When Jesus entered Jerusalem on the Sunday before his execution he rode in as a conquering king. Approaching from the Mount of Olives he would have seen the temple and the city spread out before him. Even today that is an awe-inspiring view.
Jesus was riding on the colt of a donkey when he entered Jerusalem. Although that might seem almost demeaning to us today when we compare a donkey to a magnificent horse, there was symbolism in riding a donkey. A donkey was what a king would ride (see 2 Samuel 16) while a horse was what a warrior would ride. This symbolism wasn’t lost on those who accompanied Jesus. Continue reading “Hope for a better future”
Each Lord’s day Christians have the privilege and the duty of remembering our Lord’s death. We take our minds back to his sacrificial suffering. In observing the memorial feast which reminds us of his body and his blood we proclaim the Lord’s death until he comes (1 Corinthians 11:24-26).
Perhaps you feel compelled to limit your thoughts to the suffering and sorrow of the cross during this sacred time. If so, when was the last time you contemplated our Lord’s scars? Have you thought about the link between our sin and his scars? Have you reflected upon what Jesus’ scars mean for your own? Continue reading “He left the scars”
Moments of great consequence summon the best out of us. It is at this moment that some might claim, “I was born for this.”
Never had a moment been as consequential, nor the need as great, as when God’s plan to save man approached its consummation.
Never had a person entered the world with more expectation, nor greater burden than when God clothed himself in flesh.
Never had one so perfect for the task met it with such perfection. Truly Jesus was born for this. Continue reading “Born for this”
When Jesus was invited to a meal, the whole neighborhood might come. The common people wanted to see and hear Jesus, a rabbi who was often in conflict with the Pharisees. When Jesus was invited to dine with a Pharisee, it was one part evening entertainment and one part religious instruction.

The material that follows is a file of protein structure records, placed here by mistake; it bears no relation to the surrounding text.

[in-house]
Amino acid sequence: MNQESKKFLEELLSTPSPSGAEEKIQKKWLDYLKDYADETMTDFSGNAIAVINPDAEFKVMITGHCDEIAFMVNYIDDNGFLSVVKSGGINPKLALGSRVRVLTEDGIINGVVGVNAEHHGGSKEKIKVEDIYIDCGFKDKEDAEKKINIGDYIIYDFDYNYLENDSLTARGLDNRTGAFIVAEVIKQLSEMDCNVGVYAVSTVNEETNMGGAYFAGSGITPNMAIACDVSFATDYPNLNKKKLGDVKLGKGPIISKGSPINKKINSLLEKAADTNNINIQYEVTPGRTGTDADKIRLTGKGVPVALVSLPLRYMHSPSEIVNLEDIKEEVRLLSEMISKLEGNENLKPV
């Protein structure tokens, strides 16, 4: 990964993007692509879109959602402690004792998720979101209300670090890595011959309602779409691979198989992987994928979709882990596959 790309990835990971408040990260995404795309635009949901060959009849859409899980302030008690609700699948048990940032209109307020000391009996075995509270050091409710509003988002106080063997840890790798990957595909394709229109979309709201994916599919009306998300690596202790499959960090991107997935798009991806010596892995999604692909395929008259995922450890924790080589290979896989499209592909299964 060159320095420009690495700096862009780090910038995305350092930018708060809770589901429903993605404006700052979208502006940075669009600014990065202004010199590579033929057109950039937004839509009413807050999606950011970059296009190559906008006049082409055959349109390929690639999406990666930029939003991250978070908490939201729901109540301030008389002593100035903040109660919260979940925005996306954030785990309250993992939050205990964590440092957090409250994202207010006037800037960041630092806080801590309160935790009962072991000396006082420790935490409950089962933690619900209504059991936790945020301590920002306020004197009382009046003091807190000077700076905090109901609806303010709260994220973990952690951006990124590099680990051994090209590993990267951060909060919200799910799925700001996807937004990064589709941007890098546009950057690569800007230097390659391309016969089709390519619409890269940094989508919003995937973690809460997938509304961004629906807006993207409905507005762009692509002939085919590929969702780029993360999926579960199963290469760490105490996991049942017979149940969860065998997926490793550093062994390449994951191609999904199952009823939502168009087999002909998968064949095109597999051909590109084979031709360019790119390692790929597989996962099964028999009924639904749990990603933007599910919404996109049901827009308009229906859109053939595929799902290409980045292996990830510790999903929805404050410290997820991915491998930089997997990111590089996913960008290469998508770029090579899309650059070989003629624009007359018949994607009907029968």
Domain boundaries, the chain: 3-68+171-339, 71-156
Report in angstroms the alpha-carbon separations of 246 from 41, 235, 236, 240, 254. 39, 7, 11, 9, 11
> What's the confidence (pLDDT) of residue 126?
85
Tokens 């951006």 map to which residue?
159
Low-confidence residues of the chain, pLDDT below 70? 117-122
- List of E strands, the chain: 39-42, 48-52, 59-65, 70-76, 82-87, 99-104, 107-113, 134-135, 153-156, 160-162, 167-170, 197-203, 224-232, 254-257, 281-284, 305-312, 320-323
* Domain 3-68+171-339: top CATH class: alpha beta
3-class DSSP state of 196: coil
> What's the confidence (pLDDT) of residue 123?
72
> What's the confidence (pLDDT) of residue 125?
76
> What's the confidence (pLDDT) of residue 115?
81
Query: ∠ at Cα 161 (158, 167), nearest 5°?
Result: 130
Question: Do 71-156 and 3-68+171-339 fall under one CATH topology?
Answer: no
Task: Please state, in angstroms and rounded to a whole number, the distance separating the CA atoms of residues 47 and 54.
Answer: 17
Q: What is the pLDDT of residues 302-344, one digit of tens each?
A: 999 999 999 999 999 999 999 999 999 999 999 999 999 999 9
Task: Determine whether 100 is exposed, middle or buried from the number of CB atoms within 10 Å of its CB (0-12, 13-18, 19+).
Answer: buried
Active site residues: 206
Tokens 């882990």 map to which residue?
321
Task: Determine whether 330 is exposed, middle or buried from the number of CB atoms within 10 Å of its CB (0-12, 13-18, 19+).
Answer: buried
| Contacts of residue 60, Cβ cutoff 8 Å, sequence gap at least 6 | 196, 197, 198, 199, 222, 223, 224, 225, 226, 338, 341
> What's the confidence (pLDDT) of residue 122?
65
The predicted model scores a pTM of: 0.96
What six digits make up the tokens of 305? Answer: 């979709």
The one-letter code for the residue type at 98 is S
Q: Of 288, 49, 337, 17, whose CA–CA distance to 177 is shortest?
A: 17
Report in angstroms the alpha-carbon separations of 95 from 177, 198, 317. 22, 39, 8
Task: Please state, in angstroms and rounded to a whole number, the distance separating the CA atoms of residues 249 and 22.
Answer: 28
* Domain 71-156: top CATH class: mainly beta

When Jesus came to dine at Simon’s house (Luke 7:36-50), word spread. A woman who is identified as “a sinner” comes to see Jesus. But she is not content with standing on the periphery, or peering in to get a fleeting glimpse. She moves through the crowd to the feet of the Savior. Weeping, she wipes the tears off his feet with her hair, kisses his feet, and pours over them expensive ointment.
The reaction by Simon was one of disgust and rejection. He rejects Jesus as a prophet because he certainly doesn’t know who is touching him for she is a sinner (Luke 7:39). Continue reading “A Sinner, the Savior, and Simon”
The first and last times a word is mentioned in the Bible may not be doctrinally significant, but I find them fascinating nevertheless. Indulge my fascination for a moment.
In Revelation 19.13 appears a description of Jesus with the word “blood” — our theme for this month. It is the last occurrence of the word in the Bible.
We usually associate blood with our cleansing from sin, and rightly so. John takes a different tack here. Continue reading “The Rider with the robe dipped in blood”
Have you ever tried to walk on an unfamiliar path when it is dark? I can tell you from experience that it isn’t easy. Over the years I have enjoyed hillwalking (hiking, as others might refer to it). Sometimes we might set out a bit later than planned, or perhaps underestimated the time it would take us to complete the day’s walk. As the sun set we would still be on the hill. Descending a hill in the dark on a rough, unfamiliar path can be difficult. It always helped to carry a torch (flashlight), in our backpacks to use if we ended up being out after sunset. The light would illuminate the path.